According to the press release, the Axtell facility staff started noticing possible signs of the infection on March 27, mostly in the younger animals. The quarantine will delay the adoption of highly sought Sulphur and Frisco wild horses that were scheduled for adoption, the press release said. The public tour scheduled for April 19, from 11 a.m. to 2 p.m., however, has not been affected by the quarantine…click (HERE) for more BLM propaganda.

Horses at Axtell Wild Horse Corrals quarantined after possible ‘Strangles’ outbreak

 

Horses at Axtell Wild Horse Corrals Quarantined Until Further Notice

Healthy horses on the range in the Checkerboard area.  Photo: Carol Walker
In 2016,  25 burros (that we know of) died of a rare virus at this BLM facility.  http://sanpetemessenger.com/2016/11/02/dead-burros-in-axtell-contracted-rare-virus/ 
BLM’s Axtell, UT, holding facility is on a ranch owned by retired BLM employee Kerry Despain, who ran the now defunct prison mustang program at Gunnison prison.  There was an OIG investigation into Gunnison prison.
 
Learn more about strangles HERE.  How will the BLM disinfect the pastures?   –  Debbie
Source:  BLM
News Release
Utah State Office, Utah
FOR IMMEDIATE RELEASE
Contact:  Lisa Reid (435) 743-3128
April 3, 2017
Axtell, Utah – The Bureau of Land Management (BLM) and the Axtell Contract Off-Range Corrals have issued a voluntary quarantine of wild horses at the facility due to an outbreak of upper respiratory tract infection. Individual infected animals are being tested for the exact cause, but early diagnosis indicates “strangles” or equine distemper (Streptococcus equi).
This disease is highly contagious and spread by other infected horses. BLM officials have notified the Utah State Veterinarian of the outbreak, who visited the facility. Coordination is also occurring with Utah Veterinary Diagnostic Laboratory for testing of the infected horses.
On March 20, 2017 the Utah Department of Agriculture put out a reminder for equine owners regarding outbreaks of strangles, visit here: Biosecurity Reminder for Utah Horse Owners.
The Axtell facility staff began seeing signs of strangles on March 27 mostly within the younger animals that had naturally weakened or immature immune systems. No mortality of horses has occurred from the localized outbreak, only clinical signs are being observed at this time. The quarantine will delay the adoption of the highly sought after Sulphur and Frisco wild horses that were scheduled to be adopted at facilities across the country. This quarantine does not affect the Axtell facility public tour scheduled for April 19, from 11 a.m. to 2 p.m.
“The BLM takes the health of every wild horse and burro seriously and the Axtell facility horses will be monitored closely by facility staff. After all signs of infection have passed, the horses will be scheduled for transfer to Oklahoma, Illinois, Arizona, Nevada, Colorado, California, and within Utah for adoption to qualified individuals,” said Gus Warr, Utah Wild Horse Program Manager.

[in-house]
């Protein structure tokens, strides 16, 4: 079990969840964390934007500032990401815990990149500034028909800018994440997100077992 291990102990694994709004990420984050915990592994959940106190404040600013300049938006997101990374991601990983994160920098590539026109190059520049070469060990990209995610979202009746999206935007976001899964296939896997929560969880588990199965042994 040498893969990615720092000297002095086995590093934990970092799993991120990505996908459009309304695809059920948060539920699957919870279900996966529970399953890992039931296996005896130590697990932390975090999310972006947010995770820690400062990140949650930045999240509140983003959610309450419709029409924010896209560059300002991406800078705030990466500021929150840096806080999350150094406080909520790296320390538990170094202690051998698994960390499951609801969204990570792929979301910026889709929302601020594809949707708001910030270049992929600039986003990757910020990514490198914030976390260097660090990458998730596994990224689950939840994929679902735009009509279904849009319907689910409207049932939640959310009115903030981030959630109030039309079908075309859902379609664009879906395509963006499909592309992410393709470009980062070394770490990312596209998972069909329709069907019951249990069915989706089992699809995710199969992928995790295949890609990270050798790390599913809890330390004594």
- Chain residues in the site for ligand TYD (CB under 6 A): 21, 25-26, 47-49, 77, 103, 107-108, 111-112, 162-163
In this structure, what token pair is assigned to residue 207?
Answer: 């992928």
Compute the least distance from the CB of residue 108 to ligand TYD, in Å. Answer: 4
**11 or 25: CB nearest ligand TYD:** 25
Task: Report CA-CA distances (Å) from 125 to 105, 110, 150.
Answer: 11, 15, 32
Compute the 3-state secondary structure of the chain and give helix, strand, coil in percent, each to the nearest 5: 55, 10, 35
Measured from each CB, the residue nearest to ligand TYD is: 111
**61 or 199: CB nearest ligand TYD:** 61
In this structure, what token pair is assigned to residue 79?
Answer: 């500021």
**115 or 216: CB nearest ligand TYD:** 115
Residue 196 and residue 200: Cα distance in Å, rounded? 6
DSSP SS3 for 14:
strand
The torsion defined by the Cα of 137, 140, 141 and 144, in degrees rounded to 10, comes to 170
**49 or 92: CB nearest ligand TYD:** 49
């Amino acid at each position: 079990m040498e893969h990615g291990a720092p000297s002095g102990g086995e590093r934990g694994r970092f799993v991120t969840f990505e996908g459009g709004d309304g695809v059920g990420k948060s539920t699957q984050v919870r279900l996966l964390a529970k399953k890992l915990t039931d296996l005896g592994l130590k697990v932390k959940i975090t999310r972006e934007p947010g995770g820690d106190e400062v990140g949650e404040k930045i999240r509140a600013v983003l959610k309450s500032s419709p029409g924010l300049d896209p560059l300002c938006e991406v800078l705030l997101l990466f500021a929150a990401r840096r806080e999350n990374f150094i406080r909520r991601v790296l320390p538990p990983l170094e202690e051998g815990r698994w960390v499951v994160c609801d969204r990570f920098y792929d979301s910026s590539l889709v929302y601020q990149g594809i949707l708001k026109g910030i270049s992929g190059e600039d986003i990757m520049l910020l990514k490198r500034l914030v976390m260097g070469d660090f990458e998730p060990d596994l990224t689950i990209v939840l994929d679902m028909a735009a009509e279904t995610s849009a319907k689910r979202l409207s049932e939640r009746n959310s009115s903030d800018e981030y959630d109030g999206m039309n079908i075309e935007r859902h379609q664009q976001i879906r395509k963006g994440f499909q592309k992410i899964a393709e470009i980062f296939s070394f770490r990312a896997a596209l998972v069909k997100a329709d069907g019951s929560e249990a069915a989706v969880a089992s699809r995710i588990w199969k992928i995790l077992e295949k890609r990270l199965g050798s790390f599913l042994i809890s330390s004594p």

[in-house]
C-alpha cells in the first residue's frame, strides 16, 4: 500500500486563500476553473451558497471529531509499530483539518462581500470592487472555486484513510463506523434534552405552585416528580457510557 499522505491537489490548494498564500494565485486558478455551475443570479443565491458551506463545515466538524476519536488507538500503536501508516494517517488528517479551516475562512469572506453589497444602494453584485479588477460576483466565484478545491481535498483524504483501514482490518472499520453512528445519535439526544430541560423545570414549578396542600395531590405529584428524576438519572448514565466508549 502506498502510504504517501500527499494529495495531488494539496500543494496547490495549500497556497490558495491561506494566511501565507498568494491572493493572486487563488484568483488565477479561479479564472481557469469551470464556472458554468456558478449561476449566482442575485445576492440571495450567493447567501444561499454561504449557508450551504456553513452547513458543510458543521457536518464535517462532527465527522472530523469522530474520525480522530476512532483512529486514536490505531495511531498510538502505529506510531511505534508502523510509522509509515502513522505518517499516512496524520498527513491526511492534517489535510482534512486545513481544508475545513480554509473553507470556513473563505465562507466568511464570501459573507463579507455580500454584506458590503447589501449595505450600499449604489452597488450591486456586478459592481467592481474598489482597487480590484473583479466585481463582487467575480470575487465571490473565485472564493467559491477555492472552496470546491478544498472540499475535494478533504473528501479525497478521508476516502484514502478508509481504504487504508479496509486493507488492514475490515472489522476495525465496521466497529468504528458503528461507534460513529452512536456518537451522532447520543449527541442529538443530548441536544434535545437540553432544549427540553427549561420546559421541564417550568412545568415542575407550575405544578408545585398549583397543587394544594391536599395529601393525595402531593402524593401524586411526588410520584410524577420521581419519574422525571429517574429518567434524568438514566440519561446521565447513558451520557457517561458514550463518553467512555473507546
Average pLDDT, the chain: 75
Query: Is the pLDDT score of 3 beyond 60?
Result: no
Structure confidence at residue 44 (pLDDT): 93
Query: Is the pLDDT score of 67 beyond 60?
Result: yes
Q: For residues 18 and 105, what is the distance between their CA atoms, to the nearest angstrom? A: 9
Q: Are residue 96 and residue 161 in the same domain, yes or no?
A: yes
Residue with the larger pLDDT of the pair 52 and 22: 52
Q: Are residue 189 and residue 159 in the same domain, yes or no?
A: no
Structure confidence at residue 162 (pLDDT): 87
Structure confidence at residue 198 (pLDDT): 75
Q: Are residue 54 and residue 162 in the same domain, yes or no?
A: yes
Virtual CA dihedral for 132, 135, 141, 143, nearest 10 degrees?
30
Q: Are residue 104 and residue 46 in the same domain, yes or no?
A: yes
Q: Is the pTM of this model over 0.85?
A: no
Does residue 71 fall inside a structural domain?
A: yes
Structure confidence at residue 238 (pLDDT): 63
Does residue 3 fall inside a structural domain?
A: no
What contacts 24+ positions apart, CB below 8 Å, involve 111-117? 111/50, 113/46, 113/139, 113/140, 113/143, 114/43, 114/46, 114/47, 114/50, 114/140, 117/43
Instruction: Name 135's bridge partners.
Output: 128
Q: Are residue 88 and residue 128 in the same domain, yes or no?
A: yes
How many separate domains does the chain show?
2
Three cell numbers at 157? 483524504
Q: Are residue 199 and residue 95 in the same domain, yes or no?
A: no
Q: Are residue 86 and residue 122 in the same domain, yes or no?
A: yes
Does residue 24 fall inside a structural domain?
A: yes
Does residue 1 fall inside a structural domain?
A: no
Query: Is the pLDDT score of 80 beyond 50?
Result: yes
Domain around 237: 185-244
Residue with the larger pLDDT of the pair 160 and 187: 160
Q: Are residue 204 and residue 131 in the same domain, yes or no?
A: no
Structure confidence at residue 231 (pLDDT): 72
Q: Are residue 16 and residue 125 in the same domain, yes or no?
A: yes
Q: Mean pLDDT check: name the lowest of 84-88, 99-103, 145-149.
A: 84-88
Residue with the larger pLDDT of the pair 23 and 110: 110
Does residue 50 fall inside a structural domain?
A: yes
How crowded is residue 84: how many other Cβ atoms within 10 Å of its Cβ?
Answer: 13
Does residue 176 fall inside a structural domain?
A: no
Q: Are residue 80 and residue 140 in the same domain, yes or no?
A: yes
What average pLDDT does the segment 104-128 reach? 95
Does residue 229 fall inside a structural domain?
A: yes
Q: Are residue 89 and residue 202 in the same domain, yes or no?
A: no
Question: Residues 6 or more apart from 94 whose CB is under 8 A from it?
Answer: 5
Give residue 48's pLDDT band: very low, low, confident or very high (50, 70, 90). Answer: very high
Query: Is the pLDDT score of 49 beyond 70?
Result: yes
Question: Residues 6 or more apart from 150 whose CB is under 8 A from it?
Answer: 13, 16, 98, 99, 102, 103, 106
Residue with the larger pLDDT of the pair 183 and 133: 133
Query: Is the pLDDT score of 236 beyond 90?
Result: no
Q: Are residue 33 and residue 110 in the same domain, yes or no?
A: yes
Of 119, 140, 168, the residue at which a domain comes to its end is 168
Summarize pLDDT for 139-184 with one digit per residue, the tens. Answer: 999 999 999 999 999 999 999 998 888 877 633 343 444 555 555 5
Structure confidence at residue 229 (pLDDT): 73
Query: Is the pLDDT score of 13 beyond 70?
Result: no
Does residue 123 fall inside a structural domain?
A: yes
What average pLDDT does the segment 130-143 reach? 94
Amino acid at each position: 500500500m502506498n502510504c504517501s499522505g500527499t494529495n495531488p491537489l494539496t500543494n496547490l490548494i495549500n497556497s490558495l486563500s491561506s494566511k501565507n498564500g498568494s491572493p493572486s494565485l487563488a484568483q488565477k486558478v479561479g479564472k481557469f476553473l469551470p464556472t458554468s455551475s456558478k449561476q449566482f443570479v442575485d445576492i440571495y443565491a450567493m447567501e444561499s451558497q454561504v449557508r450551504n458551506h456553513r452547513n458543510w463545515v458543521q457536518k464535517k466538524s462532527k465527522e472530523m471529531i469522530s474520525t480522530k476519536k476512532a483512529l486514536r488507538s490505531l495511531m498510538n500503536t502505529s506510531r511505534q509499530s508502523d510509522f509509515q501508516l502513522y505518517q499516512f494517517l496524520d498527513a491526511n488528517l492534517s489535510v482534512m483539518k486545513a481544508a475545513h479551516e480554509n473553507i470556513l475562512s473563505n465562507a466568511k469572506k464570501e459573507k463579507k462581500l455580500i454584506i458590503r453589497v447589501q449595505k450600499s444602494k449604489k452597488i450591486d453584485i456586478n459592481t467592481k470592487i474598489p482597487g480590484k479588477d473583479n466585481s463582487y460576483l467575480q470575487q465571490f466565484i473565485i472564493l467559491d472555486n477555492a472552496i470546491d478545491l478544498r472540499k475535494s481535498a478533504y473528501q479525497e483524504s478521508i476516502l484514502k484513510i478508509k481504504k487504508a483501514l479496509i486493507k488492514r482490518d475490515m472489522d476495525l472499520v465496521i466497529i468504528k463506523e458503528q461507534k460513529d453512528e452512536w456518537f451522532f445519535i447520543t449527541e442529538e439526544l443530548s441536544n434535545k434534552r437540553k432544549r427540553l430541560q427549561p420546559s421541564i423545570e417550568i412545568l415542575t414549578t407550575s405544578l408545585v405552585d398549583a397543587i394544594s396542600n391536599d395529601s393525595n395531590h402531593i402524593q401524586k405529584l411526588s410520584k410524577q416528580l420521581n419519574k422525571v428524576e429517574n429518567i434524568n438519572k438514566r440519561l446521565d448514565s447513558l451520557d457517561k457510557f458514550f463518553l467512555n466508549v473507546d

Persons who use a telecommunications device for the deaf (TDD) may call the Federal Relay Service (FRS) at 1-800-877-8339 to leave a message or question for Public Affairs Specialist Lisa Reid. The FRS is available 24 hours a day, seven days a week. Replies are provided during normal business hours.

20 Environmental Groups Jointly Demand Wildlife Services Ban M-44 Cyanide Bombs in Idaho

 

Since 2000, Wildlife Services has killed more than 50,000 members of more than 150 non-target species, including federally and/or state-protected animals such as Mexican gray wolves, grizzly bears, kangaroo rats, eagles, falcons, California condors, red-tailed hawks, great horned owls, armadillos, pronghorns, porcupines, long-tailed weasels, javelinas, marmots, snapping turtles, turkey vultures, great blue herons, ruddy ducks, sandhill cranes and ringtail cats.

On March 28, 2017, a coalition of wildlife and conservation groups petitioned the U.S. Department of Agriculture’s (USDA) Wildlife Services (WS) and Animal and Plant Health Inspection Service (APHIS) to immediately ban M-44 devices in Idaho. M-44s are cyanide bombs used by WS to kill local predators such as coyotes, as part of a larger taxpayer-funded wildlife eradication campaign wherein WS, on behalf of the federal government, slaughters millions of wild animals every single year.

The recent hospitalization of a youth and killing of a family dog in Idaho who encountered one of these ground weapons near their home was one motivator for the creation of this petition. The document lists many other incidents of indiscriminate pet injuries and killings by M-44s in Appendix A.

The petition specifically calls on the agencies to:

1. Cease all use of M-44 explosive cyanide devices on all land ownerships in the State of Idaho, and
2. Immediately remove any and all M-44s currently deployed on all land ownerships in Idaho.

Signage on BLM contractor’s property housing former wild horses. ~ photo by R.T. Fitch of Wild Horse Freedom Federation

In November 2016, WS committed to cease the use of M-44s on Idaho’s public lands. Also, in 2016, a workplan between WS and the Bureau of Land Management (BLM) Idaho Falls District forbade the placement of these devices within a quarter mile of residences.

The recent incident with the teen and his pet occurred within a quarter mile of his home. The petition concludes this incident shows the “commitment to cease using M-44s on public lands in Idaho is inadequate to protect public safety and wildlife,” because either WS personnel are not carrying out the commitment or older bombs are still present on public land.

“Cyanide bombs are indiscriminate killers that must be banned,” Andrea Santarsiere, a senior attorney with the Center for Biological Diversity, said in a press release. “Any animal that might pull on the baited trigger is at risk, including endangered wildlife like Canada lynx and grizzlies, as well as people and pets. And in just the past few weeks these cruel devices have injured a child and killed an endangered wolf and several family dogs. Enough is enough.”